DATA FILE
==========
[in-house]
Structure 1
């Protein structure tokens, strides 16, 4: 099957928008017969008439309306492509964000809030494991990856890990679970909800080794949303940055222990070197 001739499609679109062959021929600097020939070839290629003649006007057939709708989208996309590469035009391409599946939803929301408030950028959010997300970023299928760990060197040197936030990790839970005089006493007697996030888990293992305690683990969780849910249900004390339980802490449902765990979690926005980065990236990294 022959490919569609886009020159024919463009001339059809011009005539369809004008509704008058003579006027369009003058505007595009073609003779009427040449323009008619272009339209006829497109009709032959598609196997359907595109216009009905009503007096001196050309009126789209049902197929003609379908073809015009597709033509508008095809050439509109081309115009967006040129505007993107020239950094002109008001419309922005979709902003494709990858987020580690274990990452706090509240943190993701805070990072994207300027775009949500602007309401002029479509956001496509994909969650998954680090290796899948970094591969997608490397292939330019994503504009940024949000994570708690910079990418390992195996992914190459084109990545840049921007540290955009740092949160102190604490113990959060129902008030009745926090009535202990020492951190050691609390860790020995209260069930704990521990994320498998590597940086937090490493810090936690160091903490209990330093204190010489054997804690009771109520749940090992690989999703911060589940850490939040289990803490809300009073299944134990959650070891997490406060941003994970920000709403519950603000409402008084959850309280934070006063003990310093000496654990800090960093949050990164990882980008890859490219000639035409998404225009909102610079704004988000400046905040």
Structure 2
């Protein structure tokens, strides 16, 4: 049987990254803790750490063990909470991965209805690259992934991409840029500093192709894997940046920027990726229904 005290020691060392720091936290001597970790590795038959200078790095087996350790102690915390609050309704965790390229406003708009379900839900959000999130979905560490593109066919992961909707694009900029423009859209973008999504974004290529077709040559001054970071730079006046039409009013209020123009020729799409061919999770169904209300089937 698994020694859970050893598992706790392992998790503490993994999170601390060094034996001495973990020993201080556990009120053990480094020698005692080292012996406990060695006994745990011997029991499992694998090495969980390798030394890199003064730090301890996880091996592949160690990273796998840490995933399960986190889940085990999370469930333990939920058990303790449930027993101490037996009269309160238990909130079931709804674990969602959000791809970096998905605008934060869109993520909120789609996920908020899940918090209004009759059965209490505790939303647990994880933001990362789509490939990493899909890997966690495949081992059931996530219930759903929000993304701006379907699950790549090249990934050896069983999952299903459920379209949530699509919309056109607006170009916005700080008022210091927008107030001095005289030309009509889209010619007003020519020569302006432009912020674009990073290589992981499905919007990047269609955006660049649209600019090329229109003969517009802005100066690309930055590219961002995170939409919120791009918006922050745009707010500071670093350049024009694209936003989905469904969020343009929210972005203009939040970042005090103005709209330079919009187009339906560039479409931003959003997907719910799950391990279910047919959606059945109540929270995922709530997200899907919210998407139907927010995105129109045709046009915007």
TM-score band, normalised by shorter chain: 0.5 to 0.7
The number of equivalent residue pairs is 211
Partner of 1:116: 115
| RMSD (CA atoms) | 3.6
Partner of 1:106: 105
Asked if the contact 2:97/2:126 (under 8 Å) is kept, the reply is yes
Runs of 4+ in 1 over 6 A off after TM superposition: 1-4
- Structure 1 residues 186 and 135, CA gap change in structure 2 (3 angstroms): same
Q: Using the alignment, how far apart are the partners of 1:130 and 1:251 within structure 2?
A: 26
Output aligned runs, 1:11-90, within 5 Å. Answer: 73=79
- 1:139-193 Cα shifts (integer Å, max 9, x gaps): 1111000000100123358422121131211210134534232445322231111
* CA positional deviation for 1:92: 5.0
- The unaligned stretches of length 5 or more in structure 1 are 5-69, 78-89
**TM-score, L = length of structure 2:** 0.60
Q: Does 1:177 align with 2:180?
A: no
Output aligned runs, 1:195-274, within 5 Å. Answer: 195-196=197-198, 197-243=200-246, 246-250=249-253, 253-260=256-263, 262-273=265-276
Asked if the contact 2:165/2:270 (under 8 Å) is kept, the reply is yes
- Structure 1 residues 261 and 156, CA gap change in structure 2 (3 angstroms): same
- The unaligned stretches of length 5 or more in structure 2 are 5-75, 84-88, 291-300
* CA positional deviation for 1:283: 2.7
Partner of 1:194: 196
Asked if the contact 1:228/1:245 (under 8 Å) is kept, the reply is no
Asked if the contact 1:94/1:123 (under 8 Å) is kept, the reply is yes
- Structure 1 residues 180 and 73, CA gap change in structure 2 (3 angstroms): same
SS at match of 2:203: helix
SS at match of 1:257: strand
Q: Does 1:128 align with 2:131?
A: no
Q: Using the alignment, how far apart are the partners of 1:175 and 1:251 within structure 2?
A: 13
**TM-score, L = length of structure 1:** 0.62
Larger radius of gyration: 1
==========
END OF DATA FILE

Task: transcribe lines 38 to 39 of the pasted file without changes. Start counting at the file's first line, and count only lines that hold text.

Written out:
**TM-score, L = length of structure 1:** 0.62
Larger radius of gyration: 1